Those who dismiss Milan as a Brutalist concrete jungle may have simply never looked beyond the city’s closed doors. Now, its most beautiful private entries are brought to life in a beautiful architectural book called “Ingressi di Milano” (Entryways of Milan), which will be feted during Milan’s annual Salone Del Mobile furniture fair this week. The book, painstakingly researched by the German editor Karl Kolbitz, celebrates 144 spectacular entryways to Milanese residential buildings that run the gamut from quiet midcentury Modernism to all-out graphic abstraction. The ornate residences dispel the reputation of Milan as Italy’s “ugly city,” a label bestowed upon it in 1921 by the Novecento architect Giovanni Muzio and rarely shaken nearly a hundred years later.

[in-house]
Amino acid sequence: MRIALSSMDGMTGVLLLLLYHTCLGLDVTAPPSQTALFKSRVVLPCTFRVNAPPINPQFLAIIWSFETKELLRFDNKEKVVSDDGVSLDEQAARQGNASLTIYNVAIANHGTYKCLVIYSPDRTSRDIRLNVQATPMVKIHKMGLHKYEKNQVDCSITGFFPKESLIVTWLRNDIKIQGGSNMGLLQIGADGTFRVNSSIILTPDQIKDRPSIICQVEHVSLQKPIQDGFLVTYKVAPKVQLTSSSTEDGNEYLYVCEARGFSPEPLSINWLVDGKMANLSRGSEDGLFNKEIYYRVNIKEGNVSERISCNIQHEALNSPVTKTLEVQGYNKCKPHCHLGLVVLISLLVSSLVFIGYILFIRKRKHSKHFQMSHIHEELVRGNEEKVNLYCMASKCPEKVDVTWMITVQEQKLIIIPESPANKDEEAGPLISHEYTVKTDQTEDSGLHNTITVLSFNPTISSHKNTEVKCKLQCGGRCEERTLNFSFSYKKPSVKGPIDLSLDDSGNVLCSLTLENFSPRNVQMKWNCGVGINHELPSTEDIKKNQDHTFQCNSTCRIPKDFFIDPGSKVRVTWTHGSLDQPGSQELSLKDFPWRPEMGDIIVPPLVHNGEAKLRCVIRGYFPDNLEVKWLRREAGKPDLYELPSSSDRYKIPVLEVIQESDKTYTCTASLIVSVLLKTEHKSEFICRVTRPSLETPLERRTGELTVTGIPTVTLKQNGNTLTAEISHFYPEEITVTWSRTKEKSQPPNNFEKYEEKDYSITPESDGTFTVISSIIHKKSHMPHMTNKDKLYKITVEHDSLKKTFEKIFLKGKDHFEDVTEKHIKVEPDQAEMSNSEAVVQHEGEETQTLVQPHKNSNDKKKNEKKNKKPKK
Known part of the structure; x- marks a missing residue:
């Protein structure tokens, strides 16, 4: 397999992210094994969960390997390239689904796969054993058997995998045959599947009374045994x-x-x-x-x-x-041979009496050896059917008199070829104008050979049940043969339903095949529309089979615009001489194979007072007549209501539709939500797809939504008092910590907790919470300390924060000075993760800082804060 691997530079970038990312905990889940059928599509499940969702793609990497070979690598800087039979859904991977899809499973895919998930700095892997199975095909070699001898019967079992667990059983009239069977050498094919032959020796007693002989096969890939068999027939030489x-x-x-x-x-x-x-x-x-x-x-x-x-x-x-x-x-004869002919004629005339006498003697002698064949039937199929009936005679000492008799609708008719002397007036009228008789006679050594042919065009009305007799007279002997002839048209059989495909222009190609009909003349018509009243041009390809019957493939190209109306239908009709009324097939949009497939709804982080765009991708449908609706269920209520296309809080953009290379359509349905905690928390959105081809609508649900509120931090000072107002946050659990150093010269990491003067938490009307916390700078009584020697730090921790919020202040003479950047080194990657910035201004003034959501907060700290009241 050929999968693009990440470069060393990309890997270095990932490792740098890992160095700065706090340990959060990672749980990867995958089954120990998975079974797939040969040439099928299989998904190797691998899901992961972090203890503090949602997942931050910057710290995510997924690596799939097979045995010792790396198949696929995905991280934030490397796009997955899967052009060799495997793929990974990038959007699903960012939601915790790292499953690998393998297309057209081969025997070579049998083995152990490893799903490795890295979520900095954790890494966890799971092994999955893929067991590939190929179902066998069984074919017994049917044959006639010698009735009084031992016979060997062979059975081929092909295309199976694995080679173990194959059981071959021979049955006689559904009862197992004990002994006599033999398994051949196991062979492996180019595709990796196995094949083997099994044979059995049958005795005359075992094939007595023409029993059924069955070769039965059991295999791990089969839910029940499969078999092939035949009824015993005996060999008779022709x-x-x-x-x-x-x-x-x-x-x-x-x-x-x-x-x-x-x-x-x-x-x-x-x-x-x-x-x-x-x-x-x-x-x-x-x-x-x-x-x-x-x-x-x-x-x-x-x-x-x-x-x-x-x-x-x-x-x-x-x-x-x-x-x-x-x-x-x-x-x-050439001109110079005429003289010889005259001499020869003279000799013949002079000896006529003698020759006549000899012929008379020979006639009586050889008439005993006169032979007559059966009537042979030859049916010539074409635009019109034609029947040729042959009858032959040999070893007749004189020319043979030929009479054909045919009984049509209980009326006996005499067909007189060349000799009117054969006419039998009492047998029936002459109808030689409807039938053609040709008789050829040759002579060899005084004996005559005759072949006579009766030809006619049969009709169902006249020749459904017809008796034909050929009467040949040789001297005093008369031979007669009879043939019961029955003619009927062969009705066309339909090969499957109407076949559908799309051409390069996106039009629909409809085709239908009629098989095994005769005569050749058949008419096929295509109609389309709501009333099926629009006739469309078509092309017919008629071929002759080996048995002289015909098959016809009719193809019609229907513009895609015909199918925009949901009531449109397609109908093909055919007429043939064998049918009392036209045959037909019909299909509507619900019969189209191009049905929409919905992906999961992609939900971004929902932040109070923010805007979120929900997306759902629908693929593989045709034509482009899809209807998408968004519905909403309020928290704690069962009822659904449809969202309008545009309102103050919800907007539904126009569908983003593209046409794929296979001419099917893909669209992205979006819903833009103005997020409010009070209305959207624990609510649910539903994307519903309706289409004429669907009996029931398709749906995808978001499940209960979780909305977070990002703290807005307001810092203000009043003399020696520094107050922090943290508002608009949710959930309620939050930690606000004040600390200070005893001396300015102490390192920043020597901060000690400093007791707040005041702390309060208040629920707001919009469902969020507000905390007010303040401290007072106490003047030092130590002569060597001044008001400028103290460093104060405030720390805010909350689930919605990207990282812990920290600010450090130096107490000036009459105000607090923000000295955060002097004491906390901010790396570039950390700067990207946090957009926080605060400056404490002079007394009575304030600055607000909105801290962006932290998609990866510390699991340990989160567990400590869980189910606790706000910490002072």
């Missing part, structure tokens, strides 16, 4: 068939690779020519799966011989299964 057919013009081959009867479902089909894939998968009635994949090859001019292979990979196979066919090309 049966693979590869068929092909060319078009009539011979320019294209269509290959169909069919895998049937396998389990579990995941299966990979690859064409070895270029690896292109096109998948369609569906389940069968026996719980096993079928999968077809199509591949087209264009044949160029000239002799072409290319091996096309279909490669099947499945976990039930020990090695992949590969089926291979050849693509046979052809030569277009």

The book highlights everyday spaces with the most unexpected details: Planes of alabaster, grandiose panels of tufted leather and trompe l’oeil stained glass all feature alongside a myriad of richly hued marbles from across Italy framed in bronze, plaster and terrazzo. Kolbitz enlisted collaborators such as photographers, architects, writers and stone specialists to contribute to the book: There is an essay on indoor plants and another on ceramics as well as intimate stories from addresses dotted across the city. As Kolbitz writes in the introduction: “As a kid growing up in reunited Berlin, surrounded by socialist housing blocks and unkind reconstruction efforts, Milan felt like a place where the 20th century had grown both effortlessly and elegantly.”
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